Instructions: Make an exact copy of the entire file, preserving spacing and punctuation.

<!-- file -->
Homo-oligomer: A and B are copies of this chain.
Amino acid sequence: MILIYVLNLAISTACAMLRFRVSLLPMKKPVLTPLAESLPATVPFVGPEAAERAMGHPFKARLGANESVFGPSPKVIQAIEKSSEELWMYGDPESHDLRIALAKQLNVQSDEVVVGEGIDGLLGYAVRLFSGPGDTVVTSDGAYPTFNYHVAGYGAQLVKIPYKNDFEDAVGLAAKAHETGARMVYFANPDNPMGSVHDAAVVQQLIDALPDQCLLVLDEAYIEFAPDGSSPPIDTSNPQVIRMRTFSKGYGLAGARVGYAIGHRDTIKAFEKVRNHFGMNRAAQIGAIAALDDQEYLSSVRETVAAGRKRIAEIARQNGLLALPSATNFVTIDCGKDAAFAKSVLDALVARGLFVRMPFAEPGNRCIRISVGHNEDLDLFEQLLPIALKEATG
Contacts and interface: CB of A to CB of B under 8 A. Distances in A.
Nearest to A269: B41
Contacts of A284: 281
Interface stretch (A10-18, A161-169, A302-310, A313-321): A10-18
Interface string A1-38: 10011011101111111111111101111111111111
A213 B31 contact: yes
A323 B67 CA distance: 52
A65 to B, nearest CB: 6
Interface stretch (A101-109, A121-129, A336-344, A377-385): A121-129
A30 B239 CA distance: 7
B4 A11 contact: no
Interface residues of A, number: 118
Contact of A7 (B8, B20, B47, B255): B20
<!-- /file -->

Homo-oligomer: A and B are copies of this chain.
Amino acid sequence: MILIYVLNLAISTACAMLRFRVSLLPMKKPVLTPLAESLPATVPFVGPEAAERAMGHPFKARLGANESVFGPSPKVIQAIEKSSEELWMYGDPESHDLRIALAKQLNVQSDEVVVGEGIDGLLGYAVRLFSGPGDTVVTSDGAYPTFNYHVAGYGAQLVKIPYKNDFEDAVGLAAKAHETGARMVYFANPDNPMGSVHDAAVVQQLIDALPDQCLLVLDEAYIEFAPDGSSPPIDTSNPQVIRMRTFSKGYGLAGARVGYAIGHRDTIKAFEKVRNHFGMNRAAQIGAIAALDDQEYLSSVRETVAAGRKRIAEIARQNGLLALPSATNFVTIDCGKDAAFAKSVLDALVARGLFVRMPFAEPGNRCIRISVGHNEDLDLFEQLLPIALKEATG
Contacts and interface: CB of A to CB of B under 8 A. Distances in A.
Nearest to A269: B41
Contacts of A284: 281
Interface stretch (A10-18, A161-169, A302-310, A313-321): A10-18
Interface string A1-38: 10011011101111111111111101111111111111
A213 B31 contact: yes
A323 B67 CA distance: 52
A65 to B, nearest CB: 6
Interface stretch (A101-109, A121-129, A336-344, A377-385): A121-129
A30 B239 CA distance: 7
B4 A11 contact: no
Interface residues of A, number: 118
Contact of A7 (B8, B20, B47, B255): B20